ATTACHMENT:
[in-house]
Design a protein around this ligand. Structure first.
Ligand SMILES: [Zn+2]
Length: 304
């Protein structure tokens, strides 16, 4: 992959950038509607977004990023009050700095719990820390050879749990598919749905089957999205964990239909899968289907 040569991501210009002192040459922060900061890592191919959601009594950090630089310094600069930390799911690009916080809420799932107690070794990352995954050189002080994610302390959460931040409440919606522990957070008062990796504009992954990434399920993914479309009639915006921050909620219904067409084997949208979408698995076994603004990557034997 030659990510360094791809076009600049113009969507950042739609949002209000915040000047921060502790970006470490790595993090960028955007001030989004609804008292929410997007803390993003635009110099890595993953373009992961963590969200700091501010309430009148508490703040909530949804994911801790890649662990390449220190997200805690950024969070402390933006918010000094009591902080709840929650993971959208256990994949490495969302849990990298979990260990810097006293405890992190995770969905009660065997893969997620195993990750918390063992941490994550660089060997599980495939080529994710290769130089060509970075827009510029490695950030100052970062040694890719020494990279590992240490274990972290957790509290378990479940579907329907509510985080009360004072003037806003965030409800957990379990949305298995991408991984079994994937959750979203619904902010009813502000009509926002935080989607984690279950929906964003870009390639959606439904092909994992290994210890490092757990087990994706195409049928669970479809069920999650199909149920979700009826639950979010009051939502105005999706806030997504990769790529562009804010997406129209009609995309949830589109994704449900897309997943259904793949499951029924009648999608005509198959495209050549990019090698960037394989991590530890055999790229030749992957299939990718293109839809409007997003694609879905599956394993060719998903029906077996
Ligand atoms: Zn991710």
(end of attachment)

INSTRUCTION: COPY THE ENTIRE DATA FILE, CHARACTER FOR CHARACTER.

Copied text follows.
[in-house]
Design a protein around this ligand. Structure first.
Ligand SMILES: [Zn+2]
Length: 304
């Protein structure tokens, strides 16, 4: 992959950038509607977004990023009050700095719990820390050879749990598919749905089957999205964990239909899968289907 040569991501210009002192040459922060900061890592191919959601009594950090630089310094600069930390799911690009916080809420799932107690070794990352995954050189002080994610302390959460931040409440919606522990957070008062990796504009992954990434399920993914479309009639915006921050909620219904067409084997949208979408698995076994603004990557034997 030659990510360094791809076009600049113009969507950042739609949002209000915040000047921060502790970006470490790595993090960028955007001030989004609804008292929410997007803390993003635009110099890595993953373009992961963590969200700091501010309430009148508490703040909530949804994911801790890649662990390449220190997200805690950024969070402390933006918010000094009591902080709840929650993971959208256990994949490495969302849990990298979990260990810097006293405890992190995770969905009660065997893969997620195993990750918390063992941490994550660089060997599980495939080529994710290769130089060509970075827009510029490695950030100052970062040694890719020494990279590992240490274990972290957790509290378990479940579907329907509510985080009360004072003037806003965030409800957990379990949305298995991408991984079994994937959750979203619904902010009813502000009509926002935080989607984690279950929906964003870009390639959606439904092909994992290994210890490092757990087990994706195409049928669970479809069920999650199909149920979700009826639950979010009051939502105005999706806030997504990769790529562009804010997406129209009609995309949830589109994704449900897309997943259904793949499951029924009648999608005509198959495209050549990019090698960037394989991590530890055999790229030749992957299939990718293109839809409007997003694609879905599956394993060719998903029906077996
Ligand atoms: Zn991710």